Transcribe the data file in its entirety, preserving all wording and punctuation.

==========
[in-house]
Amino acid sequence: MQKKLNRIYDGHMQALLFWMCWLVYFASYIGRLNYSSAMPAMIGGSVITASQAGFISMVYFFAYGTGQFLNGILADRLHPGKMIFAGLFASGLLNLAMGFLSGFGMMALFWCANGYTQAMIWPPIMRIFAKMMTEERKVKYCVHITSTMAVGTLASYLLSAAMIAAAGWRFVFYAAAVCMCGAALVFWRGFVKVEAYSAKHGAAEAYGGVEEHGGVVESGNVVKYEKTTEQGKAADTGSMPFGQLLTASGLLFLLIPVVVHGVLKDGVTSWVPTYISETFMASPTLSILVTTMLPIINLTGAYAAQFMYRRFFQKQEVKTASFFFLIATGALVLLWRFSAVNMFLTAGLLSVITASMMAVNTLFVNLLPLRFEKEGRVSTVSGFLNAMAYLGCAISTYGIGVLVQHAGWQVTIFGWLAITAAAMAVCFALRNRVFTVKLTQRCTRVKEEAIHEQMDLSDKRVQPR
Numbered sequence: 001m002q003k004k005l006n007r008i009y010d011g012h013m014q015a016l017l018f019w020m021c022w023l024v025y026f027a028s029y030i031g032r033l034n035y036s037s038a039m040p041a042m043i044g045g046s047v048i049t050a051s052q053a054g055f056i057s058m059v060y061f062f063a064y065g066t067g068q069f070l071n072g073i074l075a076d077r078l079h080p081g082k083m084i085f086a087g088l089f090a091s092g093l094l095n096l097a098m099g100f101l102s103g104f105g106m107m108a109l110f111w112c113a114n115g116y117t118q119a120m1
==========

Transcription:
[in-house]
Amino acid sequence: MQKKLNRIYDGHMQALLFWMCWLVYFASYIGRLNYSSAMPAMIGGSVITASQAGFISMVYFFAYGTGQFLNGILADRLHPGKMIFAGLFASGLLNLAMGFLSGFGMMALFWCANGYTQAMIWPPIMRIFAKMMTEERKVKYCVHITSTMAVGTLASYLLSAAMIAAAGWRFVFYAAAVCMCGAALVFWRGFVKVEAYSAKHGAAEAYGGVEEHGGVVESGNVVKYEKTTEQGKAADTGSMPFGQLLTASGLLFLLIPVVVHGVLKDGVTSWVPTYISETFMASPTLSILVTTMLPIINLTGAYAAQFMYRRFFQKQEVKTASFFFLIATGALVLLWRFSAVNMFLTAGLLSVITASMMAVNTLFVNLLPLRFEKEGRVSTVSGFLNAMAYLGCAISTYGIGVLVQHAGWQVTIFGWLAITAAAMAVCFALRNRVFTVKLTQRCTRVKEEAIHEQMDLSDKRVQPR
Numbered sequence: 001m002q003k004k005l006n007r008i009y010d011g012h013m014q015a016l017l018f019w020m021c022w023l024v025y026f027a028s029y030i031g032r033l034n035y036s037s038a039m040p041a042m043i044g045g046s047v048i049t050a051s052q053a054g055f056i057s058m059v060y061f062f063a064y065g066t067g068q069f070l071n072g073i074l075a076d077r078l079h080p081g082k083m084i085f086a087g088l089f090a091s092g093l094l095n096l097a098m099g100f101l102s103g104f105g106m107m108a109l110f111w112c113a114n115g116y117t118q119a120m1